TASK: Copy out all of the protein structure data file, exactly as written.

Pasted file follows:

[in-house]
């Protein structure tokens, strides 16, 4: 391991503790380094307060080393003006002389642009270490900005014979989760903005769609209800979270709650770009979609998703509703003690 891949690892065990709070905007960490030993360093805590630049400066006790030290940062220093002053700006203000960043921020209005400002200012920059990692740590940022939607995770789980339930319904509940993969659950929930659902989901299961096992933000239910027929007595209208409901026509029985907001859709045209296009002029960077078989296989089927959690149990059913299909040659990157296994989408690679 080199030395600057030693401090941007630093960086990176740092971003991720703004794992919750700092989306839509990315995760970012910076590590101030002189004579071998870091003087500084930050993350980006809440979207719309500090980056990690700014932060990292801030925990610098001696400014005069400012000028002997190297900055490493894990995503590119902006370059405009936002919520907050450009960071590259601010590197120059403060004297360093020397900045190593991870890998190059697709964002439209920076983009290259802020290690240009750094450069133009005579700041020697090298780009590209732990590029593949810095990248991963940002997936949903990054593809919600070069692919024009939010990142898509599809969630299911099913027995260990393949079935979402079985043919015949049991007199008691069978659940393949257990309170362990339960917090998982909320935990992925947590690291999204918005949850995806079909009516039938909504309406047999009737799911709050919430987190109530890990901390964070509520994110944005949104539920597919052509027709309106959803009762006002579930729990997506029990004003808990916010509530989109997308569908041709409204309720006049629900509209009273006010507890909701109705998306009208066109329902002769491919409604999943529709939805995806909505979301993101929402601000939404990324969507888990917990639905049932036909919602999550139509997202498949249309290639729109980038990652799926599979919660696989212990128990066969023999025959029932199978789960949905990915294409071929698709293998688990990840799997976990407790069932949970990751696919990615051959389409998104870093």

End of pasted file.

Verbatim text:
[in-house]
């Protein structure tokens, strides 16, 4: 391991503790380094307060080393003006002389642009270490900005014979989760903005769609209800979270709650770009979609998703509703003690 891949690892065990709070905007960490030993360093805590630049400066006790030290940062220093002053700006203000960043921020209005400002200012920059990692740590940022939607995770789980339930319904509940993969659950929930659902989901299961096992933000239910027929007595209208409901026509029985907001859709045209296009002029960077078989296989089927959690149990059913299909040659990157296994989408690679 080199030395600057030693401090941007630093960086990176740092971003991720703004794992919750700092989306839509990315995760970012910076590590101030002189004579071998870091003087500084930050993350980006809440979207719309500090980056990690700014932060990292801030925990610098001696400014005069400012000028002997190297900055490493894990995503590119902006370059405009936002919520907050450009960071590259601010590197120059403060004297360093020397900045190593991870890998190059697709964002439209920076983009290259802020290690240009750094450069133009005579700041020697090298780009590209732990590029593949810095990248991963940002997936949903990054593809919600070069692919024009939010990142898509599809969630299911099913027995260990393949079935979402079985043919015949049991007199008691069978659940393949257990309170362990339960917090998982909320935990992925947590690291999204918005949850995806079909009516039938909504309406047999009737799911709050919430987190109530890990901390964070509520994110944005949104539920597919052509027709309106959803009762006002579930729990997506029990004003808990916010509530989109997308569908041709409204309720006049629900509209009273006010507890909701109705998306009208066109329902002769491919409604999943529709939805995806909505979301993101929402601000939404990324969507888990917990639905049932036909919602999550139509997202498949249309290639729109980038990652799926599979919660696989212990128990066969023999025959029932199978789960949905990915294409071929698709293998688990990840799997976990407790069932949970990751696919990615051959389409998104870093």